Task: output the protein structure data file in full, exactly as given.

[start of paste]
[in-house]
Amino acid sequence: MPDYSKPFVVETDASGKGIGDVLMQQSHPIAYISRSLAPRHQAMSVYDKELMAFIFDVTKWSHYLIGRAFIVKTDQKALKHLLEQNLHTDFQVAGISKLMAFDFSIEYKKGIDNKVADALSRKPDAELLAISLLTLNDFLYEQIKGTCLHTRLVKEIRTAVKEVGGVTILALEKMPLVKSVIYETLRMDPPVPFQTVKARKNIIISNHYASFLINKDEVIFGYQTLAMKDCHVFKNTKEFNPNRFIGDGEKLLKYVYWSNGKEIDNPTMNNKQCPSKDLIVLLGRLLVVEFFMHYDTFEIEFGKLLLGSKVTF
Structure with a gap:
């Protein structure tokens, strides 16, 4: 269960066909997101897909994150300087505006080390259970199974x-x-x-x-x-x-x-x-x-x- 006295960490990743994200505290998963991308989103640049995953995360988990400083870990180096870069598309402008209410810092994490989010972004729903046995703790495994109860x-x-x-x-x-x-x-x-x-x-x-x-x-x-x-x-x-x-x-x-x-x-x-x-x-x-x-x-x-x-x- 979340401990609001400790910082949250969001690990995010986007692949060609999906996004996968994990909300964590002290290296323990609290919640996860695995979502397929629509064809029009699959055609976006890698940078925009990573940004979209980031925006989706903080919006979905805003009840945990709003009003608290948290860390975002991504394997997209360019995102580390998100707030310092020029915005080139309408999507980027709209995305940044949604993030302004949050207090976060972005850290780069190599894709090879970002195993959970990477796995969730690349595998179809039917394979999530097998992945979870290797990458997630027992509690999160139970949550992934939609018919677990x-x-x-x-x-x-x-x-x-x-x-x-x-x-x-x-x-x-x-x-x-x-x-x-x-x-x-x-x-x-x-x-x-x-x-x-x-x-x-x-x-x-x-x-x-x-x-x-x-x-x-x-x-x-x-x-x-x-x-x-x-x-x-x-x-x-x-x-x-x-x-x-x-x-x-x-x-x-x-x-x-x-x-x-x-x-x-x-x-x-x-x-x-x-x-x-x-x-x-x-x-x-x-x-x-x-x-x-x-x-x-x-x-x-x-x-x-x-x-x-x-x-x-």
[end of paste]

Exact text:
[in-house]
Amino acid sequence: MPDYSKPFVVETDASGKGIGDVLMQQSHPIAYISRSLAPRHQAMSVYDKELMAFIFDVTKWSHYLIGRAFIVKTDQKALKHLLEQNLHTDFQVAGISKLMAFDFSIEYKKGIDNKVADALSRKPDAELLAISLLTLNDFLYEQIKGTCLHTRLVKEIRTAVKEVGGVTILALEKMPLVKSVIYETLRMDPPVPFQTVKARKNIIISNHYASFLINKDEVIFGYQTLAMKDCHVFKNTKEFNPNRFIGDGEKLLKYVYWSNGKEIDNPTMNNKQCPSKDLIVLLGRLLVVEFFMHYDTFEIEFGKLLLGSKVTF
Structure with a gap:
């Protein structure tokens, strides 16, 4: 269960066909997101897909994150300087505006080390259970199974x-x-x-x-x-x-x-x-x-x- 006295960490990743994200505290998963991308989103640049995953995360988990400083870990180096870069598309402008209410810092994490989010972004729903046995703790495994109860x-x-x-x-x-x-x-x-x-x-x-x-x-x-x-x-x-x-x-x-x-x-x-x-x-x-x-x-x-x-x- 979340401990609001400790910082949250969001690990995010986007692949060609999906996004996968994990909300964590002290290296323990609290919640996860695995979502397929629509064809029009699959055609976006890698940078925009990573940004979209980031925006989706903080919006979905805003009840945990709003009003608290948290860390975002991504394997997209360019995102580390998100707030310092020029915005080139309408999507980027709209995305940044949604993030302004949050207090976060972005850290780069190599894709090879970002195993959970990477796995969730690349595998179809039917394979999530097998992945979870290797990458997630027992509690999160139970949550992934939609018919677990x-x-x-x-x-x-x-x-x-x-x-x-x-x-x-x-x-x-x-x-x-x-x-x-x-x-x-x-x-x-x-x-x-x-x-x-x-x-x-x-x-x-x-x-x-x-x-x-x-x-x-x-x-x-x-x-x-x-x-x-x-x-x-x-x-x-x-x-x-x-x-x-x-x-x-x-x-x-x-x-x-x-x-x-x-x-x-x-x-x-x-x-x-x-x-x-x-x-x-x-x-x-x-x-x-x-x-x-x-x-x-x-x-x-x-x-x-x-x-x-x-x-x-």